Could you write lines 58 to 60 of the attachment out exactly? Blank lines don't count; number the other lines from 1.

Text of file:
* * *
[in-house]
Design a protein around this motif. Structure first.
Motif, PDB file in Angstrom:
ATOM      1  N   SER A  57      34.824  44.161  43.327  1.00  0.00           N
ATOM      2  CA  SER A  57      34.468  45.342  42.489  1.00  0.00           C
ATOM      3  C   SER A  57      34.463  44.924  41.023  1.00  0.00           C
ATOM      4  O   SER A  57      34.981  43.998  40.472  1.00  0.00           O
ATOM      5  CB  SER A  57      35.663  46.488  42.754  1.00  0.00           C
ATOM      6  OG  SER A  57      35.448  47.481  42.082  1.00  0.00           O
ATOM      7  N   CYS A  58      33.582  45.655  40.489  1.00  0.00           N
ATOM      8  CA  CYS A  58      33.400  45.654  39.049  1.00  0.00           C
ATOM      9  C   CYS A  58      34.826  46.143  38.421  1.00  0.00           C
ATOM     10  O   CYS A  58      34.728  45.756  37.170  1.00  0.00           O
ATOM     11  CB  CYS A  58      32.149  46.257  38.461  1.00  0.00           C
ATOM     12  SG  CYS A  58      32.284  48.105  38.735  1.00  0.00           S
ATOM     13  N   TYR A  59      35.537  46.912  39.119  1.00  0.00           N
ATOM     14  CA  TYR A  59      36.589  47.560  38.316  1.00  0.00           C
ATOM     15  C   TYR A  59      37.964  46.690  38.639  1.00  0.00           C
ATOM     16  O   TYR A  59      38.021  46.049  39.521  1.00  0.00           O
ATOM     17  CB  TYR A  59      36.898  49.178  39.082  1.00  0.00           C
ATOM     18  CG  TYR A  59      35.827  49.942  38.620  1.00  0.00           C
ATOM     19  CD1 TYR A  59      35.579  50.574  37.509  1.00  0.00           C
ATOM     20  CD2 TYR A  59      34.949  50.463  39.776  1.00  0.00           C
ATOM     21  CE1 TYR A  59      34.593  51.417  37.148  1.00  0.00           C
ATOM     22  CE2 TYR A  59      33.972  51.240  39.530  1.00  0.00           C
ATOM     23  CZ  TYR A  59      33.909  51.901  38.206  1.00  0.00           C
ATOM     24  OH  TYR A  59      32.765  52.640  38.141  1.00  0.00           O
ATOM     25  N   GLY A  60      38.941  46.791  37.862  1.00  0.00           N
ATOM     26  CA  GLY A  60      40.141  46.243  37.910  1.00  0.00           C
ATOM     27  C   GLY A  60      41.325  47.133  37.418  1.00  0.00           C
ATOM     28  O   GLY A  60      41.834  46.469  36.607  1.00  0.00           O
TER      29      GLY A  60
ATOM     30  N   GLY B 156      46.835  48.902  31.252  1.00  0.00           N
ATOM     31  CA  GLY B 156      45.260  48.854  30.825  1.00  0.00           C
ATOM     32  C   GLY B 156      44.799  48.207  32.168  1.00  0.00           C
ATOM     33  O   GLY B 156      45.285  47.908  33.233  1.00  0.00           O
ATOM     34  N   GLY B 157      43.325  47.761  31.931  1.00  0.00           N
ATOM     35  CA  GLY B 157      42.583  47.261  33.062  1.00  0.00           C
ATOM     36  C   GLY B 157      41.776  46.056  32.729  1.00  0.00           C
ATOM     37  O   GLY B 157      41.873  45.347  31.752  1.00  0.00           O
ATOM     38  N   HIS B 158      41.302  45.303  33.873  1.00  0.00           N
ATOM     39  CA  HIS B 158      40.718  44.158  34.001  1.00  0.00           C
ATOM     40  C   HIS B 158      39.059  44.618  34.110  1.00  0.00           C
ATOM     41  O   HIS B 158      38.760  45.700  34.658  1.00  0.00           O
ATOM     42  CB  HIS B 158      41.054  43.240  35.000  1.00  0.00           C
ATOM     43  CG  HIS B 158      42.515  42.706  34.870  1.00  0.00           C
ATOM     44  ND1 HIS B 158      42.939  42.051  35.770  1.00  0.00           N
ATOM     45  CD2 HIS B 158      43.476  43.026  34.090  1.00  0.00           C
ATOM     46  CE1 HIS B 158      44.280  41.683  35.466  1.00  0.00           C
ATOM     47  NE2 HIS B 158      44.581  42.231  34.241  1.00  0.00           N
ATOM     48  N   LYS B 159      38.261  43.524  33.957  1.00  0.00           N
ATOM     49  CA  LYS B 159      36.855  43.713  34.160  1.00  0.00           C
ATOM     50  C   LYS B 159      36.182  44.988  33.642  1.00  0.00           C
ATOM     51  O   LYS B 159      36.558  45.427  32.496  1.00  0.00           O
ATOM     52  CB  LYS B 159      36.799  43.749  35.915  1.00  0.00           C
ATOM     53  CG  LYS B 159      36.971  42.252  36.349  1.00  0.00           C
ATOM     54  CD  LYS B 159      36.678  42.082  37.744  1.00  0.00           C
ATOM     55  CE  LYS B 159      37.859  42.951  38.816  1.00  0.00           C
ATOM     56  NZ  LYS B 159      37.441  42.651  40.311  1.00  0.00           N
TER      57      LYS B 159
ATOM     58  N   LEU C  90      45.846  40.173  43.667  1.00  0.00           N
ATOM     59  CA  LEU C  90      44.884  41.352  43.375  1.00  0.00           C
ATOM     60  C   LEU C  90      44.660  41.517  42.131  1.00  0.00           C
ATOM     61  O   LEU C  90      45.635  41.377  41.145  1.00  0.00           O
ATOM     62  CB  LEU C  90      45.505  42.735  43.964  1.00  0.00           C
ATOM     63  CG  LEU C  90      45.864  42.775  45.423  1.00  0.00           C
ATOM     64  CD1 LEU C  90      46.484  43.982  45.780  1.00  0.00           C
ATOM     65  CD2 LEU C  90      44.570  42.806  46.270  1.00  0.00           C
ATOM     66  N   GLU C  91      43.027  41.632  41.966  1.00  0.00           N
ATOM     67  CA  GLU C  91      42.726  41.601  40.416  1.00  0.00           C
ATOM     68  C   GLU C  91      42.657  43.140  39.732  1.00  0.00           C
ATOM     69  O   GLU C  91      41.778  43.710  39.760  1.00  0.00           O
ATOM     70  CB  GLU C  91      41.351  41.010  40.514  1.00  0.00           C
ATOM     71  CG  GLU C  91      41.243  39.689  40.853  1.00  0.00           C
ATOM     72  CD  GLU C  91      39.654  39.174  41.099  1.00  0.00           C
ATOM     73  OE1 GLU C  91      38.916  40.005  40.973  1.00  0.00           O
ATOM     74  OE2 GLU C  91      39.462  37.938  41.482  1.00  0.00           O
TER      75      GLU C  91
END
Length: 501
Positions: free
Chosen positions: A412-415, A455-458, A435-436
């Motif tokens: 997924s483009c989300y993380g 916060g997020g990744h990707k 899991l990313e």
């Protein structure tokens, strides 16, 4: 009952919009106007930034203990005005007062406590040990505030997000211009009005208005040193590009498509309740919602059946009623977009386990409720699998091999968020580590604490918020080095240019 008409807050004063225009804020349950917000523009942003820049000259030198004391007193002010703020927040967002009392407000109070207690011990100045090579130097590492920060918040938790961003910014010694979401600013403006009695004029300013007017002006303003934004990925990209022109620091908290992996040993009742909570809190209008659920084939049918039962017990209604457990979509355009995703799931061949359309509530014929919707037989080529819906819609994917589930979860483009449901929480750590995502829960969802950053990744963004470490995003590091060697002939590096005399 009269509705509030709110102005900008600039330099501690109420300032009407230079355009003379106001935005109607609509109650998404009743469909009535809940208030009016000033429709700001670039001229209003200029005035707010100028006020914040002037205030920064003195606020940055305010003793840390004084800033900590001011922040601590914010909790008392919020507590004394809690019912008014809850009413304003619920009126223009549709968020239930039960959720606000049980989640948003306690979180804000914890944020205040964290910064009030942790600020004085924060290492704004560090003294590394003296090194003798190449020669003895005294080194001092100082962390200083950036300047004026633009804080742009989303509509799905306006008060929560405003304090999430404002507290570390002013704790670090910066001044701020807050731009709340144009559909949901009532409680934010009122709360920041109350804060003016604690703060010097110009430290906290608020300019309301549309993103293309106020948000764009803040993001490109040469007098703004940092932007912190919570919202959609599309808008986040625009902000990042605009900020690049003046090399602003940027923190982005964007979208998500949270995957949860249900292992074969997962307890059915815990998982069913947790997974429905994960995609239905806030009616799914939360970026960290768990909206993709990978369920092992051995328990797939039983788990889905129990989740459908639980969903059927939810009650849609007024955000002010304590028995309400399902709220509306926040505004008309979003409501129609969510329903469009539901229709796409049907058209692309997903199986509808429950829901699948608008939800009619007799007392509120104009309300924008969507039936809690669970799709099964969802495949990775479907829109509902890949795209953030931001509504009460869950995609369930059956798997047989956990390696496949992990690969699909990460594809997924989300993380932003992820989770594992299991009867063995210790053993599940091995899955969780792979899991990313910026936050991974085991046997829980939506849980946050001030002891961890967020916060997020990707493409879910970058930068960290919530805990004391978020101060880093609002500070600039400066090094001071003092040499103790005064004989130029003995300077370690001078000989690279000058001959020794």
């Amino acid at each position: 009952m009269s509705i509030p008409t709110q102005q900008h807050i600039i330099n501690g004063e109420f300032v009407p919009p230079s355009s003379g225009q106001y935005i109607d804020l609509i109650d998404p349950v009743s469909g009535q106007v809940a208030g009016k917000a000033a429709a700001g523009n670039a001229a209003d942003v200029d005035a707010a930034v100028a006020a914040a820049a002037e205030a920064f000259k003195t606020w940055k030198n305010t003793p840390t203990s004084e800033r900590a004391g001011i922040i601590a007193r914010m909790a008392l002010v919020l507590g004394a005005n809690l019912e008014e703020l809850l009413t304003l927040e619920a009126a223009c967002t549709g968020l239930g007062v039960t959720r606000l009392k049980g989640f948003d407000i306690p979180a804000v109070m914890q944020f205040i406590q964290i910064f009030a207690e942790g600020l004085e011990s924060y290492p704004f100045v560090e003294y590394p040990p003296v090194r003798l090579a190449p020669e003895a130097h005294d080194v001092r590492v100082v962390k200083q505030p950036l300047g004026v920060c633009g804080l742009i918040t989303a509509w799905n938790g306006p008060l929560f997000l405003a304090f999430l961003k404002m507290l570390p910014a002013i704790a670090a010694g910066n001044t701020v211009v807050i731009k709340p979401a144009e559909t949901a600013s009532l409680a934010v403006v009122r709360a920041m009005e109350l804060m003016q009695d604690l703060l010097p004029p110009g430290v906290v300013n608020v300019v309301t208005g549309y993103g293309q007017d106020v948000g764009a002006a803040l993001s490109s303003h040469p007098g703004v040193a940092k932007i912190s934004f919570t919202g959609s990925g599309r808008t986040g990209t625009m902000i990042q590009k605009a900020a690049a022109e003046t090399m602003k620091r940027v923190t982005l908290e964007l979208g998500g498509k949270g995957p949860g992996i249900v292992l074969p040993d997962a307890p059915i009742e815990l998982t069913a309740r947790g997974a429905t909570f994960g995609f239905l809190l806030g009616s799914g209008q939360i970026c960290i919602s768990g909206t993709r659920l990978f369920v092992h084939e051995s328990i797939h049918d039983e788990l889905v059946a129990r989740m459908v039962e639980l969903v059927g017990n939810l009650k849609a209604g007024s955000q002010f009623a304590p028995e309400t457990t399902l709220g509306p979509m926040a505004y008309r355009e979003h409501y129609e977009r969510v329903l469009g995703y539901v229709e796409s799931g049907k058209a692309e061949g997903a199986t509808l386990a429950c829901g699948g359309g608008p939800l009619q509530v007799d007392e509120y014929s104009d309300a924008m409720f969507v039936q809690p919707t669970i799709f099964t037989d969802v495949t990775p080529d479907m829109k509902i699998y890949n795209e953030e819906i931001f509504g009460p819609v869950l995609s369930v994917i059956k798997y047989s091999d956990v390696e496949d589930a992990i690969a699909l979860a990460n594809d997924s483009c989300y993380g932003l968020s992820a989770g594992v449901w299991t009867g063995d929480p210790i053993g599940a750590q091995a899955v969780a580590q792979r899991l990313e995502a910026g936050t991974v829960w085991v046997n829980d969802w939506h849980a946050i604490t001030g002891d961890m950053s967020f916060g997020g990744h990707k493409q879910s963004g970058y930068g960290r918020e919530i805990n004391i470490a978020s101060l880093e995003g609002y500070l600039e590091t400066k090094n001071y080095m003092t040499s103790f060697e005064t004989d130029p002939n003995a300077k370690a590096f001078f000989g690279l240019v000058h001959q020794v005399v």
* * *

ATOM     55  CE  LYS B 159      37.859  42.951  38.816  1.00  0.00           C
ATOM     56  NZ  LYS B 159      37.441  42.651  40.311  1.00  0.00           N
TER      57      LYS B 159